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Abstract

Joining geological mapping, structural analysis, petrology and geochronology allowed the internal architecture of the Greater Himalayan Sequence (GHS) to be unraveled. Several top-to-the-south/SW tectonic–metamorphic discontinuities developed at the regional scale, dividing it into three main units exhumed progressively from the upper to the lower one, starting from c. 40 Ma and lasting for several million years. The activity of shear zones has been constrained and linked to the pressure–temperature–time–deformation (PTtD) evolution of the deformed rocks by the use of petrochronology. Hanging wall and footwall rocks of the shear zones recorded maximum PT conditions at different times. Above the Main Central Thrust, a cryptic tectonometamorphic discontinuity (the High Himalayan Discontinuity (HHD)) has been recognized in Central-Eastern Himalaya.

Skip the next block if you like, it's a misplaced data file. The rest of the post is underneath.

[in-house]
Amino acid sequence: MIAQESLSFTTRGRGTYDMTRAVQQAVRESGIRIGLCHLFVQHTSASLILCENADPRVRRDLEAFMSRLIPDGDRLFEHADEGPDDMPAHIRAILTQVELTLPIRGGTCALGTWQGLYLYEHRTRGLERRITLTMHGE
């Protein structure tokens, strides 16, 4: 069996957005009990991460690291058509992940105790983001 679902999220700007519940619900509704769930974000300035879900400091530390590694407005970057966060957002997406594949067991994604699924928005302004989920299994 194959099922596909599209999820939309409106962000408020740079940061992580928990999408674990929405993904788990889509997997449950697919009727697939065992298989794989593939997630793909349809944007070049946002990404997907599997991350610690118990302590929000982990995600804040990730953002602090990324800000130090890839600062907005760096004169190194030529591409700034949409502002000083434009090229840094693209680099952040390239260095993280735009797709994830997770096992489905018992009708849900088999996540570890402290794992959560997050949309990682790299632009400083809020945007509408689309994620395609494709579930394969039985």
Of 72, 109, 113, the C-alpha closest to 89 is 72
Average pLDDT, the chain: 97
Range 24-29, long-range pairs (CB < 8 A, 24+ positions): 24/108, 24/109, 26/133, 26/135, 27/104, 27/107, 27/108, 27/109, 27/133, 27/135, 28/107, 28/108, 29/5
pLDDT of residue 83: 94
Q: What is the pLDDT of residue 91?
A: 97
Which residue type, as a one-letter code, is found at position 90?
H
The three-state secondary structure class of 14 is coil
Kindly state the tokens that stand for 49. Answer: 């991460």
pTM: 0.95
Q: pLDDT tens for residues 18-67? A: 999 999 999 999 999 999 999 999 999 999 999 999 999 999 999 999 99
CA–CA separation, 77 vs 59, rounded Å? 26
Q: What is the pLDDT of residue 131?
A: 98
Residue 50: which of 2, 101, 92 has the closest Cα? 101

The older shear zone, that was active at c. 41–28 Ma, triggered the earlier exhumation of the uppermost GHS and allowed the migration of melt, which was produced at peak metamorphic conditions and subsequently produced in abundance at the time of the activation of the HHD. Production of melt continued at low pressure, with nearly isobaric heating leading to the genesis and emplacement of andalusite- and cordierite-bearing granites.

The timing of the activation of the shear zones from deeper to upper structural levels fits with an in-sequence shearing tectonic model for the exhumation of the GHS, further affected by out-of-sequence thrusts.

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